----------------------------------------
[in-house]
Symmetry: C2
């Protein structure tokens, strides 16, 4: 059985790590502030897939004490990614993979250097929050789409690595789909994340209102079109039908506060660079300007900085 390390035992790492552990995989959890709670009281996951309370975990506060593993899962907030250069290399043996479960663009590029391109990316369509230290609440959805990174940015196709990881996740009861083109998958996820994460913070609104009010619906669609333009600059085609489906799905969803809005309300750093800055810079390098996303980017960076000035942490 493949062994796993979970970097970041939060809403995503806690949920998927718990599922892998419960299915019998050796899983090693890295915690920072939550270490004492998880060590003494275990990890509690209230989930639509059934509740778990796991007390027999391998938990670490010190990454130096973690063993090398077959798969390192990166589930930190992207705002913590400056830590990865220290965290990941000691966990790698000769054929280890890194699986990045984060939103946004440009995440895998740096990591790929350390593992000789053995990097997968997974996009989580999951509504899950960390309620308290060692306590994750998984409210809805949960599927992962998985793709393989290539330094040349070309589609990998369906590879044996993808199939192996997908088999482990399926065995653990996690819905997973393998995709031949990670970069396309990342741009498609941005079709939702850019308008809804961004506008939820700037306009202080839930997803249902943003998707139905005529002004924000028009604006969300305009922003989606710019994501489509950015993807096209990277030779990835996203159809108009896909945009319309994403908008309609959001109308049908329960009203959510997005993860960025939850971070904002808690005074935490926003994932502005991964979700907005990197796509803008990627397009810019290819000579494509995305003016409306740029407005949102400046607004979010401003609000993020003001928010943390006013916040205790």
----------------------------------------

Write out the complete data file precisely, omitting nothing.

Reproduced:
[in-house]
Symmetry: C2
């Protein structure tokens, strides 16, 4: 059985790590502030897939004490990614993979250097929050789409690595789909994340209102079109039908506060660079300007900085 390390035992790492552990995989959890709670009281996951309370975990506060593993899962907030250069290399043996479960663009590029391109990316369509230290609440959805990174940015196709990881996740009861083109998958996820994460913070609104009010619906669609333009600059085609489906799905969803809005309300750093800055810079390098996303980017960076000035942490 493949062994796993979970970097970041939060809403995503806690949920998927718990599922892998419960299915019998050796899983090693890295915690920072939550270490004492998880060590003494275990990890509690209230989930639509059934509740778990796991007390027999391998938990670490010190990454130096973690063993090398077959798969390192990166589930930190992207705002913590400056830590990865220290965290990941000691966990790698000769054929280890890194699986990045984060939103946004440009995440895998740096990591790929350390593992000789053995990097997968997974996009989580999951509504899950960390309620308290060692306590994750998984409210809805949960599927992962998985793709393989290539330094040349070309589609990998369906590879044996993808199939192996997908088999482990399926065995653990996690819905997973393998995709031949990670970069396309990342741009498609941005079709939702850019308008809804961004506008939820700037306009202080839930997803249902943003998707139905005529002004924000028009604006969300305009922003989606710019994501489509950015993807096209990277030779990835996203159809108009896909945009319309994403908008309609959001109308049908329960009203959510997005993860960025939850971070904002808690005074935490926003994932502005991964979700907005990197796509803008990627397009810019290819000579494509995305003016409306740029407005949102400046607004979010401003609000993020003001928010943390006013916040205790």